Rates Will Fall Further

12/19/2007 12:00 am EST


Mary Anne & Pamela Aden

Co-Editors, The Aden Forecast

Pamela and Mary Anne Eden, editors of the Aden Forecast, say that the Fed will continue to cut rates to stave off recession, and investors will continue to buy bonds.

Interest rates are headed lower.

Even though they declined at the [Federal Open Market Committee's] meeting on December 11, most of the markets agreed that it wasn't enough.

The markets wanted to see an interest-rate decline of half a percentage point. That's what we were expecting, too, as it would have been an aggressive drop and a strong sign that the Fed's very concerned about the economy.

But the Fed quickly did an about-face, announcing its new liquidity plan in coordination with other central banks. This suggests that the Fed believes the subprime problems will be alleviated by the new Bush and liquidity plans to help subprime borrowers, and the housing sector won't drag the rest of the economy down.

Interest rates have already been lowered four times in recent months, but this month rates literally plunged across the board. The short-term treasury-bill interest rate, for example, fell from 3.36% to 2.87%, and that's down from 5.05% earlier this year. So, there's no question that the major trend is down and as long as that's the case, interest rates are going lower.

The same is true of long-term interest rates. The 30-year yield has dropped from 5.36% to 4.28% this year, reinforcing that the overall trend is down. The ten-year yield [also] has dropped sharply to an over two-year low. (It fell as low as 3.89% earlier this month and closed Tuesday at 4.12%- Editor.) That's because investors turned to the safety of government debt as losses mounted in the stock and credit markets, which quickly drove interest rates down.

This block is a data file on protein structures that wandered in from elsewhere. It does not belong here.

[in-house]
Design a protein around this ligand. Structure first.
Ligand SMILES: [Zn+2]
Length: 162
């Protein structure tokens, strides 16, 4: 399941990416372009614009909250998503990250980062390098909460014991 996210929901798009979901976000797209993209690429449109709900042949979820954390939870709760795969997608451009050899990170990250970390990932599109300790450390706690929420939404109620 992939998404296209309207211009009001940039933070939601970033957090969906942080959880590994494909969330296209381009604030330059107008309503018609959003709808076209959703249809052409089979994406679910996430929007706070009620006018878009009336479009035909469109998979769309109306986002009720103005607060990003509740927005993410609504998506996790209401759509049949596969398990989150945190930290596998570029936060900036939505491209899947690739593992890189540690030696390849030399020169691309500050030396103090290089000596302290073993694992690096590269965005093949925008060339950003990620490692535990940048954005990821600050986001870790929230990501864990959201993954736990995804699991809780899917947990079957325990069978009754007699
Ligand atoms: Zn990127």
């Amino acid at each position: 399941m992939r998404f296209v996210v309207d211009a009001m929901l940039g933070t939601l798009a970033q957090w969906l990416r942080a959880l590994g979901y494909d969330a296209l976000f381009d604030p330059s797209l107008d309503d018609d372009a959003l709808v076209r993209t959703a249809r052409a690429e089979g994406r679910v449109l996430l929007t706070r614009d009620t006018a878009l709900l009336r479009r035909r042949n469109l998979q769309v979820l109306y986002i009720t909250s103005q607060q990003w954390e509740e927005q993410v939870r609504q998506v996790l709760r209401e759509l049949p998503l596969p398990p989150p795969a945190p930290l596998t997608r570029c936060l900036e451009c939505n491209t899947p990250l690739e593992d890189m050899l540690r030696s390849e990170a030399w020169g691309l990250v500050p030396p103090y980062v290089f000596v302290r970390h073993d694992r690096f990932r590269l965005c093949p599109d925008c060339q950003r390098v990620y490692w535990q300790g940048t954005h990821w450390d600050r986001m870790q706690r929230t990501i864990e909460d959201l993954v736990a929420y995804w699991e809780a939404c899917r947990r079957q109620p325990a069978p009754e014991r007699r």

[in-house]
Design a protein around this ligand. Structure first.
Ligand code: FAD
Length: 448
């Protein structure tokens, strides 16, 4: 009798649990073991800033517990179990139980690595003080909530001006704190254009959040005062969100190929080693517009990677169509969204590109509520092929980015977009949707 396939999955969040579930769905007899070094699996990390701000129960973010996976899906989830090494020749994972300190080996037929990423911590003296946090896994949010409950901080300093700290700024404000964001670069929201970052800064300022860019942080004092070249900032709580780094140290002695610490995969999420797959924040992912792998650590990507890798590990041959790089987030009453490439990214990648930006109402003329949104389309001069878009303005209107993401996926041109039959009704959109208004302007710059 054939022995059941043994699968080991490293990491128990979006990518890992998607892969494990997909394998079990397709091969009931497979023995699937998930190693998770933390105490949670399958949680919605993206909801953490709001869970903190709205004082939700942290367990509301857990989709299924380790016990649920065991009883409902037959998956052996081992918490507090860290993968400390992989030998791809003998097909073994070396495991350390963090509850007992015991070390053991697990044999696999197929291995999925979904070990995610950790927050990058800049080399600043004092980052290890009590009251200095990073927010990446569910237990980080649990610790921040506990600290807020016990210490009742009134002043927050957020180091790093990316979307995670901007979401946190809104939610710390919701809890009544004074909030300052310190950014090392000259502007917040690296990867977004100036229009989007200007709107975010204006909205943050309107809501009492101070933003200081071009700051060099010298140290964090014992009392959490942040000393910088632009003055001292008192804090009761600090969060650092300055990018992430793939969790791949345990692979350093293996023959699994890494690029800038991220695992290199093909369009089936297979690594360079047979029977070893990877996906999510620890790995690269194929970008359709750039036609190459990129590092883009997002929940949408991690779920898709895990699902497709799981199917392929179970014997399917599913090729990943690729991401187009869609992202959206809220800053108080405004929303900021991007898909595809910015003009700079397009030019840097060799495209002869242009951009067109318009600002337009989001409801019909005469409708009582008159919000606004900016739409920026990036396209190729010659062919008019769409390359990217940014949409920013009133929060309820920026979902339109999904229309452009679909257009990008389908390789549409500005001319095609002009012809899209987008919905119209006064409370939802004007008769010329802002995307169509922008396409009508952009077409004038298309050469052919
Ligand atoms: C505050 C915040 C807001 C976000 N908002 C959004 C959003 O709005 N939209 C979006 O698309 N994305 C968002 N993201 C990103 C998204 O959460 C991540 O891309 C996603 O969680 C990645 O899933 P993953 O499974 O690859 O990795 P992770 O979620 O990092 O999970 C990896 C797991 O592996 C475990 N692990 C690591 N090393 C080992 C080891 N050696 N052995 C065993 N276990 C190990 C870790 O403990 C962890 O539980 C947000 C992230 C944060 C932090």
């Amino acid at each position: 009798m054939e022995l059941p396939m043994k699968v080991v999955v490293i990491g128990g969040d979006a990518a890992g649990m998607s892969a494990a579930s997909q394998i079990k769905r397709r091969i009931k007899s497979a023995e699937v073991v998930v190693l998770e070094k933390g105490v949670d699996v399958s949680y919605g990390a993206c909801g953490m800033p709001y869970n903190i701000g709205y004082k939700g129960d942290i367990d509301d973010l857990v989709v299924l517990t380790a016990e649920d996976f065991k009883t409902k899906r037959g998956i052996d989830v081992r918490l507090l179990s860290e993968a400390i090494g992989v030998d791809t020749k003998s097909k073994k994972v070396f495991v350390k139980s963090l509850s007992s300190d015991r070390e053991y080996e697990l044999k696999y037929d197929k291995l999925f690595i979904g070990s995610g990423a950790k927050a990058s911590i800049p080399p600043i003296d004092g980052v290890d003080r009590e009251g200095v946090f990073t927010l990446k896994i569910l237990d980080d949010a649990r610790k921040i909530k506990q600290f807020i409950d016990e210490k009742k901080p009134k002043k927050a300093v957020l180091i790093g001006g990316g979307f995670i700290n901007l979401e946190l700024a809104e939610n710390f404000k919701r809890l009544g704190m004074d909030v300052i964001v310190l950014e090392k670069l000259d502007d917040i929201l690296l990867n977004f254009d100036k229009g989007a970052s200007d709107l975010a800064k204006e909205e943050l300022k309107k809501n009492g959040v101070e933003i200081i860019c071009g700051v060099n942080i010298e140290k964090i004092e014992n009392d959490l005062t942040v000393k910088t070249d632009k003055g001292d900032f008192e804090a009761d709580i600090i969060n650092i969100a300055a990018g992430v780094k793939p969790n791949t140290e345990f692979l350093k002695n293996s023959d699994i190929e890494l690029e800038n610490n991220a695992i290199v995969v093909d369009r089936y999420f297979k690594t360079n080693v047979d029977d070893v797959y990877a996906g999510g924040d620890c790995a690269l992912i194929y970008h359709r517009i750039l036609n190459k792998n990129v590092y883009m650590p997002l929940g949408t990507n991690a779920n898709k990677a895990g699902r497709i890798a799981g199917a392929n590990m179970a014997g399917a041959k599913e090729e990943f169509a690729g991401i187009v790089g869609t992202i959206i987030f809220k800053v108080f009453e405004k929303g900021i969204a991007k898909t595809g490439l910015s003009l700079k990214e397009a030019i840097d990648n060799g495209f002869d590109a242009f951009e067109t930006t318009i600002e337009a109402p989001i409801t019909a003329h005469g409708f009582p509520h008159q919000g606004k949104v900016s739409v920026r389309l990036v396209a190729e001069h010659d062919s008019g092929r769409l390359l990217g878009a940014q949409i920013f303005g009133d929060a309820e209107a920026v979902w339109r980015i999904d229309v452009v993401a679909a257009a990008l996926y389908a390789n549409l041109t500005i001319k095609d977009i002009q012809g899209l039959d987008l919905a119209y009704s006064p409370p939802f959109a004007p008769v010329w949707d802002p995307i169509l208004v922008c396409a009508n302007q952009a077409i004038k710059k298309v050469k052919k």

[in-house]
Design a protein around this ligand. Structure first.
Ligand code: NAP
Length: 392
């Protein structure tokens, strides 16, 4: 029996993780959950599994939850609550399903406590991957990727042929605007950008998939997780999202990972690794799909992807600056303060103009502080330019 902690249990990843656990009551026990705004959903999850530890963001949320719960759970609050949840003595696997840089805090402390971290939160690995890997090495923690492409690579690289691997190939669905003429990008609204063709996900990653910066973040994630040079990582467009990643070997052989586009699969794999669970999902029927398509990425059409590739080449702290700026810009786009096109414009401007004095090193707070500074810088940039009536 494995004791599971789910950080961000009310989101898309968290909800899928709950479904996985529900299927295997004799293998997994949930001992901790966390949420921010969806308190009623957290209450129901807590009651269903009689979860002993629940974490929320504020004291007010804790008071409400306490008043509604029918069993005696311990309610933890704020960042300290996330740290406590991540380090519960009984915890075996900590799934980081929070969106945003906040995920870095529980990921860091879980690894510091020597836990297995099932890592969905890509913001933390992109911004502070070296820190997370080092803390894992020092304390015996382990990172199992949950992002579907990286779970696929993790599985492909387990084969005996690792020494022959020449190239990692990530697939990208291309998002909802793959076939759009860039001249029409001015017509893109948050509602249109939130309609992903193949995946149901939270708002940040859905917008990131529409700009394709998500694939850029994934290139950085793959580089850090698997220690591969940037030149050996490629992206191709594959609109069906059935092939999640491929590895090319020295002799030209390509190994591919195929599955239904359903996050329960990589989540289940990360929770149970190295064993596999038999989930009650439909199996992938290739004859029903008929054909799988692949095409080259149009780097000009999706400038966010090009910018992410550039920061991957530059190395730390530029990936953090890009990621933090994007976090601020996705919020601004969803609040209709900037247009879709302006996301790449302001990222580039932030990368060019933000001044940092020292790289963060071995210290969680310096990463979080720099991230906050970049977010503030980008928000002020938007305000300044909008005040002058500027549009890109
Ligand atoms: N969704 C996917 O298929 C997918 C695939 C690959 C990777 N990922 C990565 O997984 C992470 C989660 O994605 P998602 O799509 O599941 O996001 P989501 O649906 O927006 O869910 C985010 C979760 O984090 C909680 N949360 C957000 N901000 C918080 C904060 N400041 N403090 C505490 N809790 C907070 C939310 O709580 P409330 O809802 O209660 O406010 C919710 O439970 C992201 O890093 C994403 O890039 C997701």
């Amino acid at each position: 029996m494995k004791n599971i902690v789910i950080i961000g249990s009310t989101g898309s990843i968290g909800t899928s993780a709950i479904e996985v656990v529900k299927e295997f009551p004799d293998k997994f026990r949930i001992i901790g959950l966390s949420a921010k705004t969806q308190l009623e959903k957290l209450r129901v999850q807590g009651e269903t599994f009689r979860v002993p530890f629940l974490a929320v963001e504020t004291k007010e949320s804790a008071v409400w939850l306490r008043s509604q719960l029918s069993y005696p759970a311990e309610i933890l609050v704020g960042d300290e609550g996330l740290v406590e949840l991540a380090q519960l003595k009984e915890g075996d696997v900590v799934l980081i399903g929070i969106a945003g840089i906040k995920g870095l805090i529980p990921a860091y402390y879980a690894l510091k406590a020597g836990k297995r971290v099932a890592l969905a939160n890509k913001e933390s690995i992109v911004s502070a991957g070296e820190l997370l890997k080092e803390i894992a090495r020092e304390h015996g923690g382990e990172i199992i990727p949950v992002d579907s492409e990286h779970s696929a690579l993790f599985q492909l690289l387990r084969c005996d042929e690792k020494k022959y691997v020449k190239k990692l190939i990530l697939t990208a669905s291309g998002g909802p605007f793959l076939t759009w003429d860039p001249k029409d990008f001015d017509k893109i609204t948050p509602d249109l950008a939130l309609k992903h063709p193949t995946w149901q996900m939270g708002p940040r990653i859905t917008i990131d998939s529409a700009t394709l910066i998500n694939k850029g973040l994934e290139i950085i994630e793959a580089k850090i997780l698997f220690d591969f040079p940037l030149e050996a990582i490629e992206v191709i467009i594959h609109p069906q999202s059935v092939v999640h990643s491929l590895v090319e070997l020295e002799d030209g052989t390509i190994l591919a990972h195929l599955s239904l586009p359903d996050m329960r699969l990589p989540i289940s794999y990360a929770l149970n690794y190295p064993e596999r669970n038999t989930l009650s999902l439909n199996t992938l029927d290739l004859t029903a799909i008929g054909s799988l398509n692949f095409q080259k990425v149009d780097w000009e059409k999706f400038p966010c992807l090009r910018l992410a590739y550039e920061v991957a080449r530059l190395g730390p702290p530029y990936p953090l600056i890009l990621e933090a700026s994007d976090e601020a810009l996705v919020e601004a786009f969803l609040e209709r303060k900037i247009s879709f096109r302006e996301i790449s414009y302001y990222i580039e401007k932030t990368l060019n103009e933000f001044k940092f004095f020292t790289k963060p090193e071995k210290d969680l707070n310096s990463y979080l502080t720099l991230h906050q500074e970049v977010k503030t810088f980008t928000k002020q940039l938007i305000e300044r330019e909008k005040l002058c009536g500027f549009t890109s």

But this dash to safety pushed the yields so low that interest rates are poised to rise further from these oversold levels.

That doesn't mean a change in the major interest rate trend. It'll remain down even if the ten- and 30-year yields rise to 4.65% and 4.84%, respectively. And with the major trend down, the Fed will continue to lower interest rates in the months ahead. Basically, the Fed knows that the economy is still vulnerable and the Fed will likely keep lowering rates until it's sure that the economy is safely out of the woods.

If you have bonds, we'd continue to hold them. If you want to buy new bond positions, we'd still wait to buy on weakness as prices come down. If you do buy bonds, or are holding them, we'd be very cautious. Even though they've been doing well lately, keep in mind that other investments have been, and continue to be, much better. Plus, once inflation starts picking up in reaction to all the pumping that's being done to keep the economy afloat and rising commmodity prices, it's going to be terrible for bonds.

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